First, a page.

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On Point in Shanghai – China's Oprah; Factions in the "One Party"

Hong Huang (CCTV.com)

Americans are learning a lot about China these days — including, increasingly, the country’s languages. For a real window into China’s popular culture, listen back to our show in Shanghai with Hong Huang, an entertainment and media personality who has been called the “Oprah of China.”

Of course, China’s dramatic rise is the subject this week of much Washington chatter, as President Hu visits. (Hear our take Thursday.) For some time now, China’s success — the product of much strategic focus  — has made some Western commentators worry that top-down “authoritarian capitalism” is becoming a real alternative to the messy business of American-style democracy. And some are arguing that China’s system simply handles challenges such as the financial crisis more effectively.

No doubt, one-party Communist rule does remain the general rule in China. But the country’s internal politics are not always neat and tidy, as Tom Ashbrook and On Point demonstrated in 2008. In a show broadcast from Shanghai, Tom, producer Julie Diop, and director Eileen Imada brought together voices representing the Chinese equivalent of “Democrats” and “Republicans,” from within the Communist Party. Tom introduced the show as follows:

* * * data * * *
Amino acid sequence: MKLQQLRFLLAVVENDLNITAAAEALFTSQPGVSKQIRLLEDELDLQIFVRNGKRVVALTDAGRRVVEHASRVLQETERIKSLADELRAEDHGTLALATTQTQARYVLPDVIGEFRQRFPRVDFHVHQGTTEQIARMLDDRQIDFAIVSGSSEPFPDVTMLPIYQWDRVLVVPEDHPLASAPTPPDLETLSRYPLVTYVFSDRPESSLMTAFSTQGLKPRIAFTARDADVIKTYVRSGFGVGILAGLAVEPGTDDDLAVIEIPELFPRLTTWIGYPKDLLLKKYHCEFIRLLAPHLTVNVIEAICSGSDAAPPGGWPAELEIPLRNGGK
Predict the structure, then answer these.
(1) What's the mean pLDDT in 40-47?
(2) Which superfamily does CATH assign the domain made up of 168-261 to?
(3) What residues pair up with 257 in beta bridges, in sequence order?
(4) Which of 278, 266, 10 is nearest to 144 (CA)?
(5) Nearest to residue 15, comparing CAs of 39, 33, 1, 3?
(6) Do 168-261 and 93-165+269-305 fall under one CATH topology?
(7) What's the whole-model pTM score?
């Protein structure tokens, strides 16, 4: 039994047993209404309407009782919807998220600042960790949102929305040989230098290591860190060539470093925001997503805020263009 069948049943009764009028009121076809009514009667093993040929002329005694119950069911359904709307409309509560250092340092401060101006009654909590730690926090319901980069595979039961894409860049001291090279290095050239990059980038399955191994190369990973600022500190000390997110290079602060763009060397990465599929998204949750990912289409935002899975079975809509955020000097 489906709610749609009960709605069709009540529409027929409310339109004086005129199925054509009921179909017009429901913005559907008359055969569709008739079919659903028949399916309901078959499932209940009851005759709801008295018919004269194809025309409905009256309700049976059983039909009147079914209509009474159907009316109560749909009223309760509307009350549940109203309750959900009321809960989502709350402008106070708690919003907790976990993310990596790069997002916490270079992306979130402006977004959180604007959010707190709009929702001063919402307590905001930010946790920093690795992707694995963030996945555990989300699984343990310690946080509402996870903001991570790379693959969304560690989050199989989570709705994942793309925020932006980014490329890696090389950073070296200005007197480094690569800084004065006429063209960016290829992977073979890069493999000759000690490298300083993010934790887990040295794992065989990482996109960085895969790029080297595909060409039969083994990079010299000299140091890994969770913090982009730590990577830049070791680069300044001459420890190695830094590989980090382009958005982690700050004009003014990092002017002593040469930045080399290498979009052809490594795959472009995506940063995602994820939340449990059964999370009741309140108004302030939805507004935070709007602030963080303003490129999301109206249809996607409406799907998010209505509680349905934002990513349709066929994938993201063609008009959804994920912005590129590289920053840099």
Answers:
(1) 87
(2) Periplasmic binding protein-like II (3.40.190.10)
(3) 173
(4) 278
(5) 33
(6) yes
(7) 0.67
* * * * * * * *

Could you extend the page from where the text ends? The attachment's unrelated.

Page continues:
The face the Party shows the world is monolithic. But inside the Party walls, there’s a debate over China’s future, with implications for the whole world. When China turned away from the old-fashioned communist economics of Chairman Mao, it turned with a vengeance — to what even the Wall Street Journal now calls a kind of naked, unfettered capitalism. That move brought hundreds of millions out of dollar-a-day poverty. It also wiped out much of a cradle-to-grave safety net, tore up China’s environment and produced a vast gap between China’s rich and poor. Now, behind that monolithic façade, a debate is underway within the Communist Party about how to respond, and talk of a “New Left” and “New Right” that can sound like China’s version of Republicans and Democrats.

If you want real insight into the true texture of, and disagreements within, China’s governing class, be sure to listen — link to the show here.

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